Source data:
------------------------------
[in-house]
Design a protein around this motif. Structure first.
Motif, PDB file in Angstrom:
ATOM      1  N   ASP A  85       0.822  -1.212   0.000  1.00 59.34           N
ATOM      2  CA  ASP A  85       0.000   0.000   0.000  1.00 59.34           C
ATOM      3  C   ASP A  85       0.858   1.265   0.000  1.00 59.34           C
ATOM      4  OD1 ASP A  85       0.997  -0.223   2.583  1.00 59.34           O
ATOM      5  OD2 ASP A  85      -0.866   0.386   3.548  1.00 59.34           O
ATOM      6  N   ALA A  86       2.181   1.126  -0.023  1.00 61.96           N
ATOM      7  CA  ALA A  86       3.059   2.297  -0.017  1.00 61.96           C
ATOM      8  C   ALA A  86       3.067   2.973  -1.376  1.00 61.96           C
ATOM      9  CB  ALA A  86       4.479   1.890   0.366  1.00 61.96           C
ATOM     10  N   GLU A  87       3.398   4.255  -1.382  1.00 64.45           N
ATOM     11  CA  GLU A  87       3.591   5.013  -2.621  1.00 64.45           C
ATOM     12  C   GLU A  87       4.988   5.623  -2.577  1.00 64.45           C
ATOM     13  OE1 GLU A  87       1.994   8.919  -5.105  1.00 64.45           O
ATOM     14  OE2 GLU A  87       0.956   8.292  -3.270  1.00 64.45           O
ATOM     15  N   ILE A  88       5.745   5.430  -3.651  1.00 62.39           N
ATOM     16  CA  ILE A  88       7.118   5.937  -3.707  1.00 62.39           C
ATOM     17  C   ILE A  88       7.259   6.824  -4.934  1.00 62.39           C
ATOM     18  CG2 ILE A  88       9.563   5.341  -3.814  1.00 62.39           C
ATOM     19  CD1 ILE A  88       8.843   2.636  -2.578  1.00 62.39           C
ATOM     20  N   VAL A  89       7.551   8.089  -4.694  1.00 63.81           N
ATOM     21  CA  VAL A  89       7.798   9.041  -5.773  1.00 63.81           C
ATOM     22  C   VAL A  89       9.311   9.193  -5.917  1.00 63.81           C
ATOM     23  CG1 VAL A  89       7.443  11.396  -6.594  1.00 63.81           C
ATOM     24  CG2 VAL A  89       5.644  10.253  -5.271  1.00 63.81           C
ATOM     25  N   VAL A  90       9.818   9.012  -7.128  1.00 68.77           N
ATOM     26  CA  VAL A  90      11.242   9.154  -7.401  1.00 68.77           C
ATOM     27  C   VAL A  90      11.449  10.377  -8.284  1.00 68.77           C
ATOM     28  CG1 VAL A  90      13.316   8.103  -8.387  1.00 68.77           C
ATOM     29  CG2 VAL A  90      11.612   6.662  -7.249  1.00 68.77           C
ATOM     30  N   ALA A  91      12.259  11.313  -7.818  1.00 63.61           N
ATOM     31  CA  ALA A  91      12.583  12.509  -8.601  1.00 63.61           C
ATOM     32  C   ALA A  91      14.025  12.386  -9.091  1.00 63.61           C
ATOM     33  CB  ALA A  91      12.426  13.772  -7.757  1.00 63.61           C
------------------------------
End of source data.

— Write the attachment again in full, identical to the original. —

[in-house]
Design a protein around this motif. Structure first.
Motif, PDB file in Angstrom:
ATOM      1  N   ASP A  85       0.822  -1.212   0.000  1.00 59.34           N
ATOM      2  CA  ASP A  85       0.000   0.000   0.000  1.00 59.34           C
ATOM      3  C   ASP A  85       0.858   1.265   0.000  1.00 59.34           C
ATOM      4  OD1 ASP A  85       0.997  -0.223   2.583  1.00 59.34           O
ATOM      5  OD2 ASP A  85      -0.866   0.386   3.548  1.00 59.34           O
ATOM      6  N   ALA A  86       2.181   1.126  -0.023  1.00 61.96           N
ATOM      7  CA  ALA A  86       3.059   2.297  -0.017  1.00 61.96           C
ATOM      8  C   ALA A  86       3.067   2.973  -1.376  1.00 61.96           C
ATOM      9  CB  ALA A  86       4.479   1.890   0.366  1.00 61.96           C
ATOM     10  N   GLU A  87       3.398   4.255  -1.382  1.00 64.45           N
ATOM     11  CA  GLU A  87       3.591   5.013  -2.621  1.00 64.45           C
ATOM     12  C   GLU A  87       4.988   5.623  -2.577  1.00 64.45           C
ATOM     13  OE1 GLU A  87       1.994   8.919  -5.105  1.00 64.45           O
ATOM     14  OE2 GLU A  87       0.956   8.292  -3.270  1.00 64.45           O
ATOM     15  N   ILE A  88       5.745   5.430  -3.651  1.00 62.39           N
ATOM     16  CA  ILE A  88       7.118   5.937  -3.707  1.00 62.39           C
ATOM     17  C   ILE A  88       7.259   6.824  -4.934  1.00 62.39           C
ATOM     18  CG2 ILE A  88       9.563   5.341  -3.814  1.00 62.39           C
ATOM     19  CD1 ILE A  88       8.843   2.636  -2.578  1.00 62.39           C
ATOM     20  N   VAL A  89       7.551   8.089  -4.694  1.00 63.81           N
ATOM     21  CA  VAL A  89       7.798   9.041  -5.773  1.00 63.81           C
ATOM     22  C   VAL A  89       9.311   9.193  -5.917  1.00 63.81           C
ATOM     23  CG1 VAL A  89       7.443  11.396  -6.594  1.00 63.81           C
ATOM     24  CG2 VAL A  89       5.644  10.253  -5.271  1.00 63.81           C
ATOM     25  N   VAL A  90       9.818   9.012  -7.128  1.00 68.77           N
ATOM     26  CA  VAL A  90      11.242   9.154  -7.401  1.00 68.77           C
ATOM     27  C   VAL A  90      11.449  10.377  -8.284  1.00 68.77           C
ATOM     28  CG1 VAL A  90      13.316   8.103  -8.387  1.00 68.77           C
ATOM     29  CG2 VAL A  90      11.612   6.662  -7.249  1.00 68.77           C
ATOM     30  N   ALA A  91      12.259  11.313  -7.818  1.00 63.61           N
ATOM     31  CA  ALA A  91      12.583  12.509  -8.601  1.00 63.61           C
ATOM     32  C   ALA A  91      14.025  12.386  -9.091  1.00 63.61           C
ATOM     33  CB  ALA A  91      12.426  13.772  -7.757  1.00 63.61           C